Doubek: A Strong Start, But More Work Ahead On Legislative Ethics

The Legislative Inspector General no longer will have to ask for permission before launching an investigation into sexual harassment claims.

Mike Madigan, Illinois House Speaker (Scott Olson/Getty Images)

The significant work of some strong women and men who started cleaning up a rigged ethics process in Springfield should not be lost amid the salacious claims about state Rep. Lou Lang or retaliation claims on behalf of House Speaker Michael Madigan.

Let’s consider the Madigan situation. A week ago, state Rep. Kelly Cassidy quit a part-time post with the Cook County Sheriff’s office, saying she was getting warning signs from Madigan’s chief of staff and another representative that they might retaliate against her, using that job as leverage over her.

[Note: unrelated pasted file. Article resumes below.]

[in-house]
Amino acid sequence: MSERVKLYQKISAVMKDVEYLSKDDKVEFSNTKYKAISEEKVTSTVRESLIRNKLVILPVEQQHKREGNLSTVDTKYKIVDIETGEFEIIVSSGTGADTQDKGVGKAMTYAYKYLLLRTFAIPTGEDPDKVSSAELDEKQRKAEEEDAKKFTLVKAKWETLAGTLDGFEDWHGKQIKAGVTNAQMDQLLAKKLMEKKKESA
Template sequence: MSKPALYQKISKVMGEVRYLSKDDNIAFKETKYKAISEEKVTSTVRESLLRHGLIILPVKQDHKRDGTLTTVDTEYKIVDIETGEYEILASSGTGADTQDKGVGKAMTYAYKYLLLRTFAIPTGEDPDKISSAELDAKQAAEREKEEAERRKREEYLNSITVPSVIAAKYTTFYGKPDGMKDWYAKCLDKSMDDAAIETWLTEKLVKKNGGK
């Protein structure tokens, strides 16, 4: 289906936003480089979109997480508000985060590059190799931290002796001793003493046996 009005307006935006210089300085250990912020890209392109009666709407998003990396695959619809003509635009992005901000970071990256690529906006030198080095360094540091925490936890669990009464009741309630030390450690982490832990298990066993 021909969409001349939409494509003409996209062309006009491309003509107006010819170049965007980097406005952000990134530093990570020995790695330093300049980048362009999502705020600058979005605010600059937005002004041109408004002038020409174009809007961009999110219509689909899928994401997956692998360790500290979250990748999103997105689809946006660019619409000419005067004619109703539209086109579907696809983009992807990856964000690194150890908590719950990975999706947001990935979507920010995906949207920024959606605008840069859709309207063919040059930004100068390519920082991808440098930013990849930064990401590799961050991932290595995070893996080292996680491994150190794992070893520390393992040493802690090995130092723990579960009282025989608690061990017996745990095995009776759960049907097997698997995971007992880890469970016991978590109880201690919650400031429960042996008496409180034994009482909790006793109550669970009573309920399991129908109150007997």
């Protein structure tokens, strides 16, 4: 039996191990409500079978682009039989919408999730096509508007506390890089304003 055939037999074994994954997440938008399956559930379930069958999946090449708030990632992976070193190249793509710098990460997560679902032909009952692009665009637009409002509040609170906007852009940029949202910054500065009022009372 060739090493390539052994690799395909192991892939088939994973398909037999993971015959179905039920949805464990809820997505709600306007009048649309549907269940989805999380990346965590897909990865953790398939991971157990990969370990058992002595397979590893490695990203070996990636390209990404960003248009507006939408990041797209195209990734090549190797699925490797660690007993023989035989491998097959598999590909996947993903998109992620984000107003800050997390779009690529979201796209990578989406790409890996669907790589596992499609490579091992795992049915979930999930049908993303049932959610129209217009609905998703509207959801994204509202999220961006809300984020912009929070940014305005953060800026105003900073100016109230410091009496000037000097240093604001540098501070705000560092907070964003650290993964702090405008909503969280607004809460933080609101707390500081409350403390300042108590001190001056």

A bit more than a week ago, Special Legislative Inspector General Julie Porter said in an email, she did not believe she had a conflict of interest investigating Madigan. This, despite the fact that he had a role in hiring her. Heather Weir Vaught, an attorney who represents Madigan, first reached out to Porter to see if she would be willing to serve, Porter told me. “I have never met or spoken to Michael Madigan,” Porter said. “Neither she nor Madigan hired me. I was appointed to serve by the Legislative Ethics Commission.”

Read the rest at the Chicago Sun-Times.

About the Author

Madeleine Doubek

Madeleine Doubek is an award-winning journalist who spent 32 years covering local and state government and politics. She previously served as publisher of Reboot Illinois. She has won several regional and national journalism awards during her career.